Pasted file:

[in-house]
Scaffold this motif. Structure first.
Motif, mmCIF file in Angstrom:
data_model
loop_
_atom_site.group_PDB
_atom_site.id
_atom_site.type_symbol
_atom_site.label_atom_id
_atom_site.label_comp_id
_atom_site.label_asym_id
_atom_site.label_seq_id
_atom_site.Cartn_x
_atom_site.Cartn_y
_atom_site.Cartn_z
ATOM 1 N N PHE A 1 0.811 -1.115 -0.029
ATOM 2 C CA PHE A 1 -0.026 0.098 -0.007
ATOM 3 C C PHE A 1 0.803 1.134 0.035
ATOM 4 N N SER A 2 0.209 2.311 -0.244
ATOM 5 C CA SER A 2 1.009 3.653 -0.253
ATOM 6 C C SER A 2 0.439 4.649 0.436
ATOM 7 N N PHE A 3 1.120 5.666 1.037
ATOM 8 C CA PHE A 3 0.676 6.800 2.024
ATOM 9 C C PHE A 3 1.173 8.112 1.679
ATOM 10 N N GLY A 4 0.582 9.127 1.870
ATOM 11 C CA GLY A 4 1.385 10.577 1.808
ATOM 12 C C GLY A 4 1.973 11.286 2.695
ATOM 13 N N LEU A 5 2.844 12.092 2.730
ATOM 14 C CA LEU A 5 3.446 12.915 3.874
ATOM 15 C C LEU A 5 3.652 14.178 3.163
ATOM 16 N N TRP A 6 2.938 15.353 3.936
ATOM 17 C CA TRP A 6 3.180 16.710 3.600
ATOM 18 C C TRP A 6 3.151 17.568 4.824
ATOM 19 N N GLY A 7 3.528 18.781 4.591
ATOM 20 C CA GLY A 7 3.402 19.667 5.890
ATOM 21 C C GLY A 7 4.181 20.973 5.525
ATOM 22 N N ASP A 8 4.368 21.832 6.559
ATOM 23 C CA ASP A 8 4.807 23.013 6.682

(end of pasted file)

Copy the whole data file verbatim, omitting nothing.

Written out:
[in-house]
Scaffold this motif. Structure first.
Motif, mmCIF file in Angstrom:
data_model
loop_
_atom_site.group_PDB
_atom_site.id
_atom_site.type_symbol
_atom_site.label_atom_id
_atom_site.label_comp_id
_atom_site.label_asym_id
_atom_site.label_seq_id
_atom_site.Cartn_x
_atom_site.Cartn_y
_atom_site.Cartn_z
ATOM 1 N N PHE A 1 0.811 -1.115 -0.029
ATOM 2 C CA PHE A 1 -0.026 0.098 -0.007
ATOM 3 C C PHE A 1 0.803 1.134 0.035
ATOM 4 N N SER A 2 0.209 2.311 -0.244
ATOM 5 C CA SER A 2 1.009 3.653 -0.253
ATOM 6 C C SER A 2 0.439 4.649 0.436
ATOM 7 N N PHE A 3 1.120 5.666 1.037
ATOM 8 C CA PHE A 3 0.676 6.800 2.024
ATOM 9 C C PHE A 3 1.173 8.112 1.679
ATOM 10 N N GLY A 4 0.582 9.127 1.870
ATOM 11 C CA GLY A 4 1.385 10.577 1.808
ATOM 12 C C GLY A 4 1.973 11.286 2.695
ATOM 13 N N LEU A 5 2.844 12.092 2.730
ATOM 14 C CA LEU A 5 3.446 12.915 3.874
ATOM 15 C C LEU A 5 3.652 14.178 3.163
ATOM 16 N N TRP A 6 2.938 15.353 3.936
ATOM 17 C CA TRP A 6 3.180 16.710 3.600
ATOM 18 C C TRP A 6 3.151 17.568 4.824
ATOM 19 N N GLY A 7 3.528 18.781 4.591
ATOM 20 C CA GLY A 7 3.402 19.667 5.890
ATOM 21 C C GLY A 7 4.181 20.973 5.525
ATOM 22 N N ASP A 8 4.368 21.832 6.559
ATOM 23 C CA ASP A 8 4.807 23.013 6.682